In the above case in question, the claimant (Richards) was a multi-trade carpenter registered under the CIS and paid by the respondent via the CIS. The Employment Appeal Tribunal overruled the original tribunal’s view that a carpenter was self-employed – in spite of him being registered for CIS before he started working for the client, and in spite of him (presumably) completing Annual Self-assessments for being self-employed!
This is just more evidence to show the contradictions that exists throughout the employment tribunals services, and it highlights just how willing a tribunal is to favour individuals making claims against businesses.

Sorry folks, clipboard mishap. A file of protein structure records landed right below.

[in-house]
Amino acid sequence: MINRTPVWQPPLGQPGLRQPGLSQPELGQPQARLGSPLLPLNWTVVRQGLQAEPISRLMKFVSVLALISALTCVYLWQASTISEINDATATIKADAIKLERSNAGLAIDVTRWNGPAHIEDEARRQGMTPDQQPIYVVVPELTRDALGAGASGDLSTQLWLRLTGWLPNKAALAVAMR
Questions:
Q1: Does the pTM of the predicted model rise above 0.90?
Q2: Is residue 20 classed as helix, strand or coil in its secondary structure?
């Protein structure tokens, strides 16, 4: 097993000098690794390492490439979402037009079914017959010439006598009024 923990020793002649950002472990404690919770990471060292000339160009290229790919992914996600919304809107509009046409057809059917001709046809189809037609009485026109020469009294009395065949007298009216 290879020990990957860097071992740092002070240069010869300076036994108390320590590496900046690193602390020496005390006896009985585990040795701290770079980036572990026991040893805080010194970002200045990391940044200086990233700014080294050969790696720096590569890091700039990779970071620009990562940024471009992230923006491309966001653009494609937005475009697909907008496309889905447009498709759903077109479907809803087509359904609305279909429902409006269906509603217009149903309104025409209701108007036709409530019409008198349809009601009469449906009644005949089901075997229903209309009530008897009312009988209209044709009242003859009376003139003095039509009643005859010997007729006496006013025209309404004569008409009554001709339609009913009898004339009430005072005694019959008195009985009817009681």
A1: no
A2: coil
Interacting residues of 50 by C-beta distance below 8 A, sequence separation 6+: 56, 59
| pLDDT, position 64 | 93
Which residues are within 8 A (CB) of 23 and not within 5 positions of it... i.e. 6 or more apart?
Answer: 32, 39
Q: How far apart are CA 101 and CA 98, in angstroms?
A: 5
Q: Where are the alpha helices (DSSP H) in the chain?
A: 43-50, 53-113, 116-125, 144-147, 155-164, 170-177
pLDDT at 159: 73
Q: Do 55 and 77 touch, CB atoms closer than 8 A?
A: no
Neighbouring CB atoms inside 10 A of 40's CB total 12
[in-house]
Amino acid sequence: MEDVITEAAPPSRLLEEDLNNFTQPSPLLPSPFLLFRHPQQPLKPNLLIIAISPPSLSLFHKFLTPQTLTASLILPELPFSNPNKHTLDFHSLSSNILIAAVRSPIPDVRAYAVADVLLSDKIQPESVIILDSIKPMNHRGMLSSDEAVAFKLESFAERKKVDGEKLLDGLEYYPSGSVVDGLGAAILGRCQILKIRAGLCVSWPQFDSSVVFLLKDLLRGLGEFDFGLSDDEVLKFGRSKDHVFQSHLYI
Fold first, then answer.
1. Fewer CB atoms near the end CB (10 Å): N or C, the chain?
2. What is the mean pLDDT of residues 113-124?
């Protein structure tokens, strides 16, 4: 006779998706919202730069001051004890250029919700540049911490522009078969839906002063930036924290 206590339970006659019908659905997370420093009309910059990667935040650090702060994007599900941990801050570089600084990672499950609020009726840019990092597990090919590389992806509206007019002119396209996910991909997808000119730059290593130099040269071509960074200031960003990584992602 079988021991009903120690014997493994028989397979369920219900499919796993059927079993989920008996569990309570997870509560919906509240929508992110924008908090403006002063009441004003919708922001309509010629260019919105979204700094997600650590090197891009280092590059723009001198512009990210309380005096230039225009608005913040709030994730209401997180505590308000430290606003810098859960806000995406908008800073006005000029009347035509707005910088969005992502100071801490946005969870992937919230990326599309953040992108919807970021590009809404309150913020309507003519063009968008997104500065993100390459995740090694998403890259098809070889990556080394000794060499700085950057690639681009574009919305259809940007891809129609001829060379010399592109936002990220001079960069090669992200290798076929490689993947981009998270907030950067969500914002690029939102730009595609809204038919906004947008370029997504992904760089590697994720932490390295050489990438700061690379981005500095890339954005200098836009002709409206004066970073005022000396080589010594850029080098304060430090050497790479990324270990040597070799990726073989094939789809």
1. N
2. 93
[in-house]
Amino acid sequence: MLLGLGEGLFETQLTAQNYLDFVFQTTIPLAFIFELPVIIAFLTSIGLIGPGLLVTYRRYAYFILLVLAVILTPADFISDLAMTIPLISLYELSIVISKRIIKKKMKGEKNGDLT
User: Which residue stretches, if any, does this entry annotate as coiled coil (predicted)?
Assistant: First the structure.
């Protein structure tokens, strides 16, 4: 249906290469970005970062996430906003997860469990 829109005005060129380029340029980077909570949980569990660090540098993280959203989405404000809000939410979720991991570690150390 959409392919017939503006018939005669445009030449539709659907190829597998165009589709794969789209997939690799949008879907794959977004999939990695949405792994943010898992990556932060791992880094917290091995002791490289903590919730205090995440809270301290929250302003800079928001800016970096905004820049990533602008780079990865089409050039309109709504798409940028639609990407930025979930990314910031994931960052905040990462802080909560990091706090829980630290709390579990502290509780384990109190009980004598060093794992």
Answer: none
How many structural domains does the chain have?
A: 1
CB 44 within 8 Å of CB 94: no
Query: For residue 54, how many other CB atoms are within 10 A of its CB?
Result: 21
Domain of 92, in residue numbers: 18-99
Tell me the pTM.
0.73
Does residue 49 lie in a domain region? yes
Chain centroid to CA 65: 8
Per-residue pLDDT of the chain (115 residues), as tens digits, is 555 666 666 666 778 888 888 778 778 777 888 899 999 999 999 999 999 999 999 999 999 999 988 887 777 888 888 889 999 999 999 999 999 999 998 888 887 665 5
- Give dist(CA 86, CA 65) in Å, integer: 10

The crux of the decision was around the working practices of the company looking more like an employment relationship rather than being a genuine self-employed engagement.
So, it’s important to remember, if you want to extend significant control over your self-employed workforce and how they operate, and especially if you end up falling out with one or more of them, the tribunal services are very likely to find that they are your employees – you can’t keep your cake and eat it!!